To estimate the variability between samples of the same and between different conditions, the 1000 genes with the highest inter-sample variability were used for unsupervised clustering on the correlation of transcriptomes (Fig. 1b). We observed that untreated and vehicle-treated control samples group together and the samples collected after seizures form a second cluster with the highest similarity among the samples obtained 1 h after seizure onset. Principal component (PC) analysis corroborated that expression data of the untreated and vehicle-treated samples group together (Fig. 1c). Hippocampal gene expression from mice after seizure was significantly different from the controls (PC1, treatment). Although the seizure samples differ more between and within the groups than the controls, these samples clearly group together and the three kainic acid-treated groups separated by time in the second component (PC2, time). Taken together, these analyses confirm that expression profiles of parallel treated animals were mostly similar, and that the data separates effects of seizure induction.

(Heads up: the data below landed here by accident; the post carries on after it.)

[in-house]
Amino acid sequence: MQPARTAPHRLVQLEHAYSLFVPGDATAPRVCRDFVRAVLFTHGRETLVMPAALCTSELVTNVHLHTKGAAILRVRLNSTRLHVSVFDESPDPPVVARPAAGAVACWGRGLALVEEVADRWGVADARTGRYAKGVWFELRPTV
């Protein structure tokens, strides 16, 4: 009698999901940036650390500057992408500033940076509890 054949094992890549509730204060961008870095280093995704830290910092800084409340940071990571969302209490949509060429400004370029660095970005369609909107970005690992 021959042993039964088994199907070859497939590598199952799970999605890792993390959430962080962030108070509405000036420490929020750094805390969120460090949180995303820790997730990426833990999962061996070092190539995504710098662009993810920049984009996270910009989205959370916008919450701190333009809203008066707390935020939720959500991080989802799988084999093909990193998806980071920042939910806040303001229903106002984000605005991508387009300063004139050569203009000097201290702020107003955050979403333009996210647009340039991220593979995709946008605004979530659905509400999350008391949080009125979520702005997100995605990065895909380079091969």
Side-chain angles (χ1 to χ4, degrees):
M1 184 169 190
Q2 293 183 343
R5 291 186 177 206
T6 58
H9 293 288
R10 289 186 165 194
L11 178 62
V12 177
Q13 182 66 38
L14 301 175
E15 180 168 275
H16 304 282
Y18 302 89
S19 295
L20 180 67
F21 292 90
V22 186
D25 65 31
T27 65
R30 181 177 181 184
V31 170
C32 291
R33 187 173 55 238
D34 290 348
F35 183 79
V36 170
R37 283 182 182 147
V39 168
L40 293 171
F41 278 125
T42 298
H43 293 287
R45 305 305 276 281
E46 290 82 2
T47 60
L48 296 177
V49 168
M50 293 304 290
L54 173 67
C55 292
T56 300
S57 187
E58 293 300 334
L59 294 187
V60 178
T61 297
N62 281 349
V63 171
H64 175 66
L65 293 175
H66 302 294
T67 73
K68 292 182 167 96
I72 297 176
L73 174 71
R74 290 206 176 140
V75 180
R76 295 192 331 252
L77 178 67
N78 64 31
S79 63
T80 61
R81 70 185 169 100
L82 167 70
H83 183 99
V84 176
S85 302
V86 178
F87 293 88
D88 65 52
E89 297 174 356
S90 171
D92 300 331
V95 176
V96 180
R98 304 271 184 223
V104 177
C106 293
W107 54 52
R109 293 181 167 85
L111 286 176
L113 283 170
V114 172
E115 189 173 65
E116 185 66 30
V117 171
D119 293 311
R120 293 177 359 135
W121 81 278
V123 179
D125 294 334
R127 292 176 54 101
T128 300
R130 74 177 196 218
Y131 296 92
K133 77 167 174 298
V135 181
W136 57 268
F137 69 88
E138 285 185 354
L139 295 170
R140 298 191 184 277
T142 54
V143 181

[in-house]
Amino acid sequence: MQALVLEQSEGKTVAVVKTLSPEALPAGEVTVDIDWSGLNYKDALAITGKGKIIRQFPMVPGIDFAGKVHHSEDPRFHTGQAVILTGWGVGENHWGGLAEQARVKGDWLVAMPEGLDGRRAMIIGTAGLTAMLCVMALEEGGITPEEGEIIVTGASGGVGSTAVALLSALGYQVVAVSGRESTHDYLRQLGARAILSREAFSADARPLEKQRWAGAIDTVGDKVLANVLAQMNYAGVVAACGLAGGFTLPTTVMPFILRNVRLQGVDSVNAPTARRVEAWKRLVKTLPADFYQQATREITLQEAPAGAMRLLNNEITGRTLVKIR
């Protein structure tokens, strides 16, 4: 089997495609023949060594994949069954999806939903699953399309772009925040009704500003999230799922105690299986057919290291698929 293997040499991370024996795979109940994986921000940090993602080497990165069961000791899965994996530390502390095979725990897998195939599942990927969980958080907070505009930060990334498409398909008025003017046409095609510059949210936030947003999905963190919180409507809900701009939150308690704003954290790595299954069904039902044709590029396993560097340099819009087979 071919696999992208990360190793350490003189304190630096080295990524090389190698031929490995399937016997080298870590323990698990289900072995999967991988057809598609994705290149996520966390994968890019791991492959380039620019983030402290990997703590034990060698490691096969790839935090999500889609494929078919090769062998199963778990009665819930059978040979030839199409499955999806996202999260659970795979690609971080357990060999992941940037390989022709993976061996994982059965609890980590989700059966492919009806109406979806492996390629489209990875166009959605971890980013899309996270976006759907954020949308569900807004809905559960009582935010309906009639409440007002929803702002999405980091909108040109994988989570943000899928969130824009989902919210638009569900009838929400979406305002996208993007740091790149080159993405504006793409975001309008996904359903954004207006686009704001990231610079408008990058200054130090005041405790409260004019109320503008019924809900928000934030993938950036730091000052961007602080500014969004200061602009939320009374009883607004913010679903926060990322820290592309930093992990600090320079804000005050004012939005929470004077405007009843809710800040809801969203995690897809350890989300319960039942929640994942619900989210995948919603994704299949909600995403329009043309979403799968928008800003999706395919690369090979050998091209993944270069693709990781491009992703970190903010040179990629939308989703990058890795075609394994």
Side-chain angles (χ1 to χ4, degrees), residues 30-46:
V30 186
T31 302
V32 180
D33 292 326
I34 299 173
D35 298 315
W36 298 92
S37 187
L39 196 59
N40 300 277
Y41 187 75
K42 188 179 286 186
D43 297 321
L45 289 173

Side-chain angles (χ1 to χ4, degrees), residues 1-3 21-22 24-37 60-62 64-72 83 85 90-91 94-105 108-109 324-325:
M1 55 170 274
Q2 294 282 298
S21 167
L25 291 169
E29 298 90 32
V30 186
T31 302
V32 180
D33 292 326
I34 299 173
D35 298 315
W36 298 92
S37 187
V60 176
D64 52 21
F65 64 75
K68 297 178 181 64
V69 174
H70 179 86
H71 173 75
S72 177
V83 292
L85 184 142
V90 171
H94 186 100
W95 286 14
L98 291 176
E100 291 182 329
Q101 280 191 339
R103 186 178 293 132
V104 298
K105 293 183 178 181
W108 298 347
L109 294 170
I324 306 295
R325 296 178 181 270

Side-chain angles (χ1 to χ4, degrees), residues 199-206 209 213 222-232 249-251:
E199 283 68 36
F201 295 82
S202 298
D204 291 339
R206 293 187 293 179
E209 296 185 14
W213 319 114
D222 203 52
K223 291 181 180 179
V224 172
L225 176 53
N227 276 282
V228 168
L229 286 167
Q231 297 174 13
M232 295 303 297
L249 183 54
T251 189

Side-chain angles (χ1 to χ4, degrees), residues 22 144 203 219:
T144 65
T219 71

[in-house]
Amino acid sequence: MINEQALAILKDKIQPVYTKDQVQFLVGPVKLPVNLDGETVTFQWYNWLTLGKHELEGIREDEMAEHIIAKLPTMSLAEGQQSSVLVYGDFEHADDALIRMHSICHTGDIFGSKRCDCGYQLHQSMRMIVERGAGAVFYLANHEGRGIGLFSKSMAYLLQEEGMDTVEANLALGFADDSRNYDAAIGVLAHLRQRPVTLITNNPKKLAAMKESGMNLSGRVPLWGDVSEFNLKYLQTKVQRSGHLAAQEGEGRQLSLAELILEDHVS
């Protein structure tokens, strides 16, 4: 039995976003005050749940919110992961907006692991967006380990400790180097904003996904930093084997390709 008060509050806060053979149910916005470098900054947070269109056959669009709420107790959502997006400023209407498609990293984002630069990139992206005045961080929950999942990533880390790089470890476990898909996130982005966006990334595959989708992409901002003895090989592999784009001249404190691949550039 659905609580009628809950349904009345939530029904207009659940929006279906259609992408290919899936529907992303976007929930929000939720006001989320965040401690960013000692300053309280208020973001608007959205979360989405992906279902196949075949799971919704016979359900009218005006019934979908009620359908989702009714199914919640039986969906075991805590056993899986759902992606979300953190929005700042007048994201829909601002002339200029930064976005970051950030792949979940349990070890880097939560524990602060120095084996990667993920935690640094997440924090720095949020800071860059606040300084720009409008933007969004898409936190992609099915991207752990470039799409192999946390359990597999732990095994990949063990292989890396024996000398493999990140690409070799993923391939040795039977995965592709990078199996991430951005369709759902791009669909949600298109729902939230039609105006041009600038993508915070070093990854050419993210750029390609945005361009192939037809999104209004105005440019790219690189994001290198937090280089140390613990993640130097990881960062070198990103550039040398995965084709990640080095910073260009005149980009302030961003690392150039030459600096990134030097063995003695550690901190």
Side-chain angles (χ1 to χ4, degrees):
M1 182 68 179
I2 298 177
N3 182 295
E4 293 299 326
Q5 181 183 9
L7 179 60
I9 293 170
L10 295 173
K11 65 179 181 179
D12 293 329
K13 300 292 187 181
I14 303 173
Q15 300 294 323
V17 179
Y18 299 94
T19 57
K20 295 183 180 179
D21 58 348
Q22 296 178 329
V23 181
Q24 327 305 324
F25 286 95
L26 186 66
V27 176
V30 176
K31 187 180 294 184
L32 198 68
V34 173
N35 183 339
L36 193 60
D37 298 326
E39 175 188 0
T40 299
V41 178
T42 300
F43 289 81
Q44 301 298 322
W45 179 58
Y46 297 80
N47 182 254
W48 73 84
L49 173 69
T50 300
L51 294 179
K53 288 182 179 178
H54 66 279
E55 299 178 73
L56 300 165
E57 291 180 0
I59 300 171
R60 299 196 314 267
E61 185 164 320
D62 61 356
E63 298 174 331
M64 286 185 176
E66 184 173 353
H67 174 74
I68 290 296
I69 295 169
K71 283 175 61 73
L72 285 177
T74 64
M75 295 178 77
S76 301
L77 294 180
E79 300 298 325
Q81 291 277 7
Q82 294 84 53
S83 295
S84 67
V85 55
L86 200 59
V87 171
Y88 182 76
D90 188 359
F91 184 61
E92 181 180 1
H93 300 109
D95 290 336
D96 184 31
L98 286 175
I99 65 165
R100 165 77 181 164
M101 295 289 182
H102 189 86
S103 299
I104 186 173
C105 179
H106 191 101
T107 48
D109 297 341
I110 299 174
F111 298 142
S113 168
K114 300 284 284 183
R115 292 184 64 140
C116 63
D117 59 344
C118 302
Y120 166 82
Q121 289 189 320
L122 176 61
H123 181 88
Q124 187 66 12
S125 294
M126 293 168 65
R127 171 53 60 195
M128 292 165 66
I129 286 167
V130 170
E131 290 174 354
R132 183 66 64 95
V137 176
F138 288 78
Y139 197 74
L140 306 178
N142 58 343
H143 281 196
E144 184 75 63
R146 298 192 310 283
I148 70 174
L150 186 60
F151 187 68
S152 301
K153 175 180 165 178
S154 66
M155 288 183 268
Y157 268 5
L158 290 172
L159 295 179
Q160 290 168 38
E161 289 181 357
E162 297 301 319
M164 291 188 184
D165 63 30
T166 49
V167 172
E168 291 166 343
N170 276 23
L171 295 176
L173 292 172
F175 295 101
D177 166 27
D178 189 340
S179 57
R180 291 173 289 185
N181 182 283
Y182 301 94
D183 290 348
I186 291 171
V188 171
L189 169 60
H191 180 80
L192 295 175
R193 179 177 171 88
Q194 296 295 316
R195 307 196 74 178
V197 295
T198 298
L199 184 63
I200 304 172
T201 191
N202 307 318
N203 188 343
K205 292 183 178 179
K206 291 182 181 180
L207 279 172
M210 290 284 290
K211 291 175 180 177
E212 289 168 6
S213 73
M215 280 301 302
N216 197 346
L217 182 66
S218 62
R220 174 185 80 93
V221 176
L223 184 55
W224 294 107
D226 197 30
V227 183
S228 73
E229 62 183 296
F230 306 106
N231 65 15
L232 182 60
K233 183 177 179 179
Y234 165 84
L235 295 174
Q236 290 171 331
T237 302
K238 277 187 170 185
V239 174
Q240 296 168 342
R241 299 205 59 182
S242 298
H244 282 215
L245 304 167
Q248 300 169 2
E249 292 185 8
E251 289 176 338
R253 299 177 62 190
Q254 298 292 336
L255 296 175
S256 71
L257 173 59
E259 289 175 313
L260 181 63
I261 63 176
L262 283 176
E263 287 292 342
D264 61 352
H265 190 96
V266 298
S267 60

At this first analyzing step, we identified on the whole gene level 719 transcripts significantly induced by neuronal activity at least at one time point after seizure onset (Additional file 1). These were differentially up- or downregulated and categorized due to their expression kinetics in immediate early genes, delayed upregulated genes, delayed downregulated genes and immediate downregulated genes (Additional files 1 and 2).
Alternative splicing of neuronal activity-regulated genes